Despite their beauty, the new grass paths quickly became a maintenance nightmare. The newly unmanaged meadow areas quickly became havens for invasive weeds like oriental bittersweet (Celastrus orbiculatus) and black swallowwort (Vincetoxicum nigrum), which threatened to engulf the living collections if left unchecked. Furthermore, the number of visitors walking on these paths in the 1980s was significantly higher than in 1912, and the grass paths often turned to worn earth. By 1986, managing horticulturist Gary Koller wrote a desperate memo to Peter Ashton exclaiming that “the volume of pedestrian traffic has increased to the point where the grass seedlings will be stomped to death before they have time to become well established.” Visitor foot traffic increased the compaction of the soil, leading to erosion on either side of the paths and standing water throughout the year. As a result, visitors would avoid the paths all together, walking instead through the dry meadow areas, creating new desire lines and trampling the wildflowers growing there. Koller recommended covering paths with gravel, and mowing the grass regularly to remove invasive species.
But the story doesn’t end there. Since 2015, the Arboretum has revisited the issue of how to reestablish wildflowers and native plants in the landscape while expanding foot access across the entire Arboretum. On the recommendation of the Arboretum’s Soils Advisory Committee, horticulture staff developed several “no-mow” and “reduced-mow” areas where the spontaneous flora is allowed to flourish. The edges of these areas are well defined and change throughout the year based on access needs, weed presence, wildlife timing, and aesthetics. When weedy species pop-up at low levels within the no-mow areas, horticultural staffers manually remove the unwanted plants.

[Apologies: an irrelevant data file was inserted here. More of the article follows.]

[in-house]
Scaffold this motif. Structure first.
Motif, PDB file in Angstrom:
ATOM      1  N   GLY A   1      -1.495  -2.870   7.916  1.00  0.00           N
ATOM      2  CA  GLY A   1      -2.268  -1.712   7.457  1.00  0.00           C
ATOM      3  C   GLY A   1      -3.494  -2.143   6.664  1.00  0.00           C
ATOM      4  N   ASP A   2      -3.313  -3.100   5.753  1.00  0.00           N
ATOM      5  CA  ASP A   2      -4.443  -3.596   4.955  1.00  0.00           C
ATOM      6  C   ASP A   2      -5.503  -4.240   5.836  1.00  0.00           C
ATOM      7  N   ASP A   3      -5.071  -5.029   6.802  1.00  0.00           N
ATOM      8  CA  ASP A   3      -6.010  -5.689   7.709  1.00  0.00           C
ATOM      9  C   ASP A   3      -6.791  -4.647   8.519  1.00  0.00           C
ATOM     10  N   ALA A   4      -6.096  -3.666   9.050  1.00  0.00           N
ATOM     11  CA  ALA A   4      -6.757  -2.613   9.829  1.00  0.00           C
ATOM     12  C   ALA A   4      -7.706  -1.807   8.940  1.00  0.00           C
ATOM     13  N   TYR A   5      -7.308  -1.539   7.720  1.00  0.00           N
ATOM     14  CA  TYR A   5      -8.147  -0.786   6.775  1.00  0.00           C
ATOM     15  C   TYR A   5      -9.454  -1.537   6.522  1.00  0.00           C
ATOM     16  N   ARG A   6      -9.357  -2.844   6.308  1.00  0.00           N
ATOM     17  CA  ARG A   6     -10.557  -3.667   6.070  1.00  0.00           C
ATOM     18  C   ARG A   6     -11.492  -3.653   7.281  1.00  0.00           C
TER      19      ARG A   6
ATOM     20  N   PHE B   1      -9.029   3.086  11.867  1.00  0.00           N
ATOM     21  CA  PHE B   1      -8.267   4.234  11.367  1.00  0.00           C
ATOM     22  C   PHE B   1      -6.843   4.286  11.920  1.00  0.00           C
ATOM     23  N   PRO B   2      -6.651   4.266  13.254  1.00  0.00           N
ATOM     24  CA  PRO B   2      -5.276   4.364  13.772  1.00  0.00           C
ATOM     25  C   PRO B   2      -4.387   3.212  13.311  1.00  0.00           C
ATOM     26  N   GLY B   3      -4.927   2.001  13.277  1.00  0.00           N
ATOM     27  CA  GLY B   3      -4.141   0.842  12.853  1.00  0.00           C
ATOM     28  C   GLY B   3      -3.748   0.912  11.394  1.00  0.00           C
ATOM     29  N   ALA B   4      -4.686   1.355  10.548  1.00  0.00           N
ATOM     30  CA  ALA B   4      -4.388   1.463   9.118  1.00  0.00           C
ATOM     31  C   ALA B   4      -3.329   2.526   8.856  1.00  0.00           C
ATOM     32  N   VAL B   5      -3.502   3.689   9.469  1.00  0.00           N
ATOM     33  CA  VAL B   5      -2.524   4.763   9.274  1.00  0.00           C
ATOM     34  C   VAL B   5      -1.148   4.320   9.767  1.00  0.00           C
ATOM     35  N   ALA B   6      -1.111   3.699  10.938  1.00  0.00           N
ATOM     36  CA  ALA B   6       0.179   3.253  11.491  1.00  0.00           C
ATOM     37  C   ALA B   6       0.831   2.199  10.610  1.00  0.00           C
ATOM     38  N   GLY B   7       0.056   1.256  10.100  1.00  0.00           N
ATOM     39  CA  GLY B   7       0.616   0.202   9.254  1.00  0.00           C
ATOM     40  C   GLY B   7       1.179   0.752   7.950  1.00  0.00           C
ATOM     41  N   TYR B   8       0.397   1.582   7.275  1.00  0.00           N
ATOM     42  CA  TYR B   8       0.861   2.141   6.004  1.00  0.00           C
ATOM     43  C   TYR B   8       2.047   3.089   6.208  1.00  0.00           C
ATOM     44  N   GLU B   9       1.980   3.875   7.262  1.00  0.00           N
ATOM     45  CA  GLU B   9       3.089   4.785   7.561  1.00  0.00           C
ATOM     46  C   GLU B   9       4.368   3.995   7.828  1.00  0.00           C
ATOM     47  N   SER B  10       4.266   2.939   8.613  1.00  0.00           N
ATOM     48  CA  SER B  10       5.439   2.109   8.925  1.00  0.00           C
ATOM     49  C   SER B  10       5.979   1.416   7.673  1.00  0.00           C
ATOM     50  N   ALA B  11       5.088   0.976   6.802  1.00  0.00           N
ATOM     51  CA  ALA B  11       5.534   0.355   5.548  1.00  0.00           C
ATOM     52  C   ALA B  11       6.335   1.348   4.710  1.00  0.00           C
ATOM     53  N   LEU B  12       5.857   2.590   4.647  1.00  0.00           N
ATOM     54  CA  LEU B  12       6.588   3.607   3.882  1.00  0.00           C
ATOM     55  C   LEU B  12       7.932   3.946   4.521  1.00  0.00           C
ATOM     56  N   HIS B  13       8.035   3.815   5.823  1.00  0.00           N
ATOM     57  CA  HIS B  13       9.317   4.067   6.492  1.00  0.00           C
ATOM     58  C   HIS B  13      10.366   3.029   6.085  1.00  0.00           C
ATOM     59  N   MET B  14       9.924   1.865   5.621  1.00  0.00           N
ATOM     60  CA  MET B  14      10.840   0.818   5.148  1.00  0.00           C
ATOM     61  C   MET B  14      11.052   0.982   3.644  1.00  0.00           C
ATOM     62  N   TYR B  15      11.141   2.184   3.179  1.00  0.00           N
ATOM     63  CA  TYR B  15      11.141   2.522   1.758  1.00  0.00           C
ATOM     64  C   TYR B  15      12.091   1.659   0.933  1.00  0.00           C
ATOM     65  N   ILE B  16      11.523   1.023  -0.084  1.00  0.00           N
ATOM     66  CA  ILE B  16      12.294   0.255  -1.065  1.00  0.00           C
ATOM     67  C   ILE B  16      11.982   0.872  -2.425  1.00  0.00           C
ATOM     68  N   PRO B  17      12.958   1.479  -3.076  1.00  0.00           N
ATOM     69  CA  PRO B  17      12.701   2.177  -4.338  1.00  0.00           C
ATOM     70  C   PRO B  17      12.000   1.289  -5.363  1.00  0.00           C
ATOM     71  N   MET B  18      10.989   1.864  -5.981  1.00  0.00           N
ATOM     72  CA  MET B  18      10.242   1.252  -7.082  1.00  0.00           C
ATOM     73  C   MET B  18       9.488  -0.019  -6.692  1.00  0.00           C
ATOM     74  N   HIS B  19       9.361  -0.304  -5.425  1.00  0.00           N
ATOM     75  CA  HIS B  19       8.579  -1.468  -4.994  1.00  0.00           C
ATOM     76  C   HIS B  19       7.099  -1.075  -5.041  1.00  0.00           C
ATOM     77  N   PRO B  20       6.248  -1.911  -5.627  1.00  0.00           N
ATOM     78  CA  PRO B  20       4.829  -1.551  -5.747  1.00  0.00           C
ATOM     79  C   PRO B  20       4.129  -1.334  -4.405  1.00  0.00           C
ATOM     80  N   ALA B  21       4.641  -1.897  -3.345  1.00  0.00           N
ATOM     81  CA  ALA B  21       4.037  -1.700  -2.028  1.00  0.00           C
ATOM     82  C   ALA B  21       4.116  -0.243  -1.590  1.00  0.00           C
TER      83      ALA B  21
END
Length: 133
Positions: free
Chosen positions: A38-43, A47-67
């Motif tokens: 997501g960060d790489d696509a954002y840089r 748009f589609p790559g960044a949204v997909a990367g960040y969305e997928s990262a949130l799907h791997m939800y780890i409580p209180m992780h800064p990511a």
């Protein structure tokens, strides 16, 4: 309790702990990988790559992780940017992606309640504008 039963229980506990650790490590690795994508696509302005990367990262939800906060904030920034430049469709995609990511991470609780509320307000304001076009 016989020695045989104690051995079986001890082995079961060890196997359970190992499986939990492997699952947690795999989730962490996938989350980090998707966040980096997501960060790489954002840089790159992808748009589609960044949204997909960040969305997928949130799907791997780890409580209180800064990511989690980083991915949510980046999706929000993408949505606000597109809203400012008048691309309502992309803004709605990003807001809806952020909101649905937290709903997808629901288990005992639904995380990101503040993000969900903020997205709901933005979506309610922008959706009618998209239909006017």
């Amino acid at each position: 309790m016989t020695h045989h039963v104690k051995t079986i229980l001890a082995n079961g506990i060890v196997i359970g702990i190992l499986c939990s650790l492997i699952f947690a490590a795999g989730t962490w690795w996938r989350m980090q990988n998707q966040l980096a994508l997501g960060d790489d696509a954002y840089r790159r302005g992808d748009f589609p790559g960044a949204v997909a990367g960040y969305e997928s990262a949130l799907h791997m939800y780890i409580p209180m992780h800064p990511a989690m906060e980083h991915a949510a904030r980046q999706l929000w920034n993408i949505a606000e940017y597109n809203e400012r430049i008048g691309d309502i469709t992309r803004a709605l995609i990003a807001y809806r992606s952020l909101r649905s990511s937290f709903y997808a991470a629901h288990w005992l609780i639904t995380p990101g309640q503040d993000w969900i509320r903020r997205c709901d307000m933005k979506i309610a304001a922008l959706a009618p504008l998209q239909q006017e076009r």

Finding a happy medium between the naturalistic grass pathways of the early twentieth century and the gravel paths of the 1980s, horticulture staff began laying out a series of mulched woodchip paths through areas of reduced mowing. These paths help prevent soil compaction by limiting the use of mowers, guiding visitors, staff and equipment along specific routes, and directing traffic away from the root zones of trees. The mulch also allows water to both flow off the path and seep into the ground, preventing the mud and puddles that plagued the earlier efforts.
While a few, less-trafficked spots in the Arboretum remain where grass paths could be both appropriate and beautiful, our new mulched paths have proven extremely successful and popular for visitors, and once again allow visitors to “wind invitingly through waving meadows, grassy valleys…and glens,” as reported in the 1912 Globe article. The Paths Committee continues its work to develop and refine how we all interact with the Arboretum landscape and the magnificent plants growing here. We hope your next visit includes some quality time for exploration along these new pathways for discovery.
Originally published in Silva, Fall/Winter 2019-20. Silva is available biannually as a benefit of membership in the Friends of the Arnold Arboretum.